Second, this article contributes to the history of intimacy. Defining the term “history of intimacy” is no simple task, as the field has not as of yet coalesced under one title. Further, few historians have self-consciously applied the label themselves. In this milieu, I contend that the history of intimacy is a broadly defined intellectual project, building on existing literatures of marriage, family, and sexuality, to be taken on by scholars interested in historicizing how individuals have created and negotiated relationships in the past. It is not rigidly thematically distinct from extant scholarship on marriage and the family, but calls for new emphasis on different kinds of questions. It involves thinking broadly about how to denaturalize how relationships have been created in the past, and to value inquiring about all the possibilities and varieties that these connections may have entailed. This endeavor means examining both legal norms and lived behavior by ordinary people. This article contributes to this subfield through demonstrating how states newly came to develop legislative authority surrounding marriage in the nineteenth century, and instantiated racialized visions of monogamous marriage into their legal codes. Earlier historians of marriage have argued that states developed novel capacities about nuptial regulation after the Civil War, in response to the perceived Mormon threat surrounding polygamy and to encourage freedpeople to marry. I demonstrate how state jurists' regulation of the intimate lives of enslaved people in the early republic was central to this effort. Further, in line with other recent scholars of Black intimacy, this article takes seriously how Black people sometimes formed and created their intimate lives in ways that transcended the boundaries of the marital relationship or romantic coupledom, even and especially as state law came to favor one particular kind of monogamous, marital interaction.

Finally, this article contributes to the historiography of early American state-building by showing how matters surrounding intimacy were integral to early American debates about governance. There is a large and growing literature on the emergence of governance in early America. Much of this work has asked questions about what kind of state the United States government was developing in its fledgling years, as well as about the relative size and power of the federal government during this time as opposed to in later periods. In pursuing these threads, historians have produced abundant scholarship examining an array of institutions and processes from custom houses, to Native American regulation in the West, to marine hospitals and insurance. But historians of these topics have nearly uniformly avoided the topic of intimacy. This piece integrates the study of intimacy with this legal state-building literature. This article shows how questions surrounding the regulation of intimacy crucially constituted broader social and legal concerns about the appropriate boundaries of governance in the young United States. Further, New York politicians, and later federal politicians, came to actively construct a system of governance that favored the privatization of financial claims within families, rather than a different or broader vision of state support.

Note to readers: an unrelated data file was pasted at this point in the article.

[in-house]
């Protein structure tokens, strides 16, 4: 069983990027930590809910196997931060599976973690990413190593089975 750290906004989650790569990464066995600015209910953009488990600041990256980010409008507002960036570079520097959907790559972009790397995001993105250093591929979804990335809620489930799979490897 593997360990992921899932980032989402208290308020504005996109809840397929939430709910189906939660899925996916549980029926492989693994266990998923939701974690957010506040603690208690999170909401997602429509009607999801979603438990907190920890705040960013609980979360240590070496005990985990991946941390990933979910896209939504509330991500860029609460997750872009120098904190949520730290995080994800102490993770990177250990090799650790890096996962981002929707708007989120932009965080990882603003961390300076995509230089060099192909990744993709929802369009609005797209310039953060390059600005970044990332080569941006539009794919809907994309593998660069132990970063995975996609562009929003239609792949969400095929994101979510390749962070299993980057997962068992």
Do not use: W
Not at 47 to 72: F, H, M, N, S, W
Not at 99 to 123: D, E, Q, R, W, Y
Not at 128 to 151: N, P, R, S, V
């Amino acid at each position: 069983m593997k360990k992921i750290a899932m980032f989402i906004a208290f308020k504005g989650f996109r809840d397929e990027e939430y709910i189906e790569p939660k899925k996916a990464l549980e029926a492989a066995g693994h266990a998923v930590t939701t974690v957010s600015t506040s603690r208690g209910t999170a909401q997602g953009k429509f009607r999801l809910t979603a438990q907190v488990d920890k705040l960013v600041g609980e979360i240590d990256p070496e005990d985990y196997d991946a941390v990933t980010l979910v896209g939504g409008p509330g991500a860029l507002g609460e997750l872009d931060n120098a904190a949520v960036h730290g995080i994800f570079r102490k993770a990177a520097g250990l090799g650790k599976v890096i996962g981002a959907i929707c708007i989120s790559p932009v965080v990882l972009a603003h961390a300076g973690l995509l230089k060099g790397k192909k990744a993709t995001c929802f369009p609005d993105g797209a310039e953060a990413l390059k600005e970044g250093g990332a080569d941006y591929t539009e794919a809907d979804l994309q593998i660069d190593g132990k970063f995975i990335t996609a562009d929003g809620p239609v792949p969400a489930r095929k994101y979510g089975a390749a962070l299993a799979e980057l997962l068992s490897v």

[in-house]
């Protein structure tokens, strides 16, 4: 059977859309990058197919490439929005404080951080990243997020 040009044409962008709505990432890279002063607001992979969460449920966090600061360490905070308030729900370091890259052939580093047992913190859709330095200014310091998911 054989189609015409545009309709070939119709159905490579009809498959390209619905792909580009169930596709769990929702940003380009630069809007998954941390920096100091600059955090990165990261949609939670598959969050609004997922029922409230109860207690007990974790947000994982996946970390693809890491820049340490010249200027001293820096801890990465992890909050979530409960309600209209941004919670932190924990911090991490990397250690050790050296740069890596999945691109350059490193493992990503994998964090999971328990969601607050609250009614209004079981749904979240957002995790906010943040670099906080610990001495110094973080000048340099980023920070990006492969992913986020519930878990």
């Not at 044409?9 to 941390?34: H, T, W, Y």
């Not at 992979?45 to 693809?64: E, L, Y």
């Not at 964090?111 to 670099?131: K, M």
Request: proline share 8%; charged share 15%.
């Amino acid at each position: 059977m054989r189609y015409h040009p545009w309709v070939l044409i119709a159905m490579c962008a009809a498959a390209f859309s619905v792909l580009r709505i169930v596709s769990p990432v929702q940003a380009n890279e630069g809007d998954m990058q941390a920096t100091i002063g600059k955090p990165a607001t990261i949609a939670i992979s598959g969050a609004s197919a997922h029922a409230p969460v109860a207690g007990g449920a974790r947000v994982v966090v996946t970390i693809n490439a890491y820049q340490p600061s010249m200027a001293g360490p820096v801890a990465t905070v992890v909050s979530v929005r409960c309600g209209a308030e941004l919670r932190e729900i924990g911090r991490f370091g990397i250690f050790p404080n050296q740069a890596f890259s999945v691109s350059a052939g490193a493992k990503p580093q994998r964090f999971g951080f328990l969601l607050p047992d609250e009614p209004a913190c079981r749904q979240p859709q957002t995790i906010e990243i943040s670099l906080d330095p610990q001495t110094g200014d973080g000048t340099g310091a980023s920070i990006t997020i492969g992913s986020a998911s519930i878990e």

This article first presents an overview of the legal framework surrounding marriage in the early republic. Jurists debated questions surrounding a potential regulation of nuptials in broad language about the capacity of governance in early America. Then, the article transitions to discuss the passage and enactment of the 1809 slave law, particularly its impact on the lives of enslaved African Americans. Enslaved people had a range of responses to the statute. While some enslaved couples were eager to attain the status of legalized matrimony, other individuals, who practiced other kinds of intimate arrangements, were likely displeased with this turn of events. Finally, this article will explain the 1809 slave law's broader impacts on juridical conceptions about the power of the state to legislate on the topic of matrimony. Calling on New York's 1809 statute as precedent, jurists after federal emancipation replicated the logic of New York's law by legalizing freedpeople's marriages. These measures crucially helped to create the broader cruel governing logic surrounding Reconstruction. As in New York, the United States writ large did not offer reparations to African Americans, but rather privatized claims for financial assistance within the marital family, establishing a key standard for jurists' increasing encoding of marriage into the legal system for years to come.

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Going forward, the United States would continue on a path that further instantiated the primacy of the marital family within law over a more universalist vision of aid directly to citizens. The United States developed immigration policies that favored marital family unification. Jurists formulated early health insurance schemes around assumptions that medical costs would be borne within families. Economic policies continued to be predicated on the idea of two-adult households, where the man was the primary breadwinner.

There were always alternative ideas. African Americans advocated for broad-based reparation policies. Socialist activists of various kinds sought more direct aid from the state. But lawmakers increasingly inscribed into the legal code the family as the core unit of the polity. This series of decisions shaped the United States' character: the country prioritized the self-sufficiency of individual families, rather than creating a broad social safety net to protect and support all individuals it housed.

In the early republican United States, jurists deeply worried over whether they had the right to legislate on the topic of nuptials. In direct response to the process of gradual emancipation, and the potentiality of enslaved people making claims on the state, New York jurists demarcated a statutory boundary surrounding marriage for the first time. In so doing, New York jurists shaped a novel legal understanding that asserted a legislative prerogative to regulate the subject of matrimony, as well as spurred the growth of a political economy in the United States that banked on individual families' self-reliance. At the same time, these standards, passed in the age of gradual emancipation in New York, and then re-articulated by Southern states in the era of national emancipation, demonstrate the continued challenges that African Americans faced in reaping the same rights and privileges as white people in the United States, even at the very historical moments that seemingly offered ripe opportunities for a re-envisioning of racial relations.

Acknowledgments. The author gratefully thanks Martha S. Jones, Ronald G. Walters, Angus Burgin, Gautham Rao, Sarah Pearsall, Emma Teitelman, Evan Martino, and the anonymous reviewers of Law and History Review for providing very helpful feedback on earlier drafts of this article. She also is very appreciative of and indebted to the staff of the New-York Historical Society for providing access to their archive at a busy time after re-opening during the pandemic.

Lauren Feldman is a PhD student in history at Johns Hopkins University and a predoctoral fellow in the history of the Civil War Era at Penn State's Richards Center.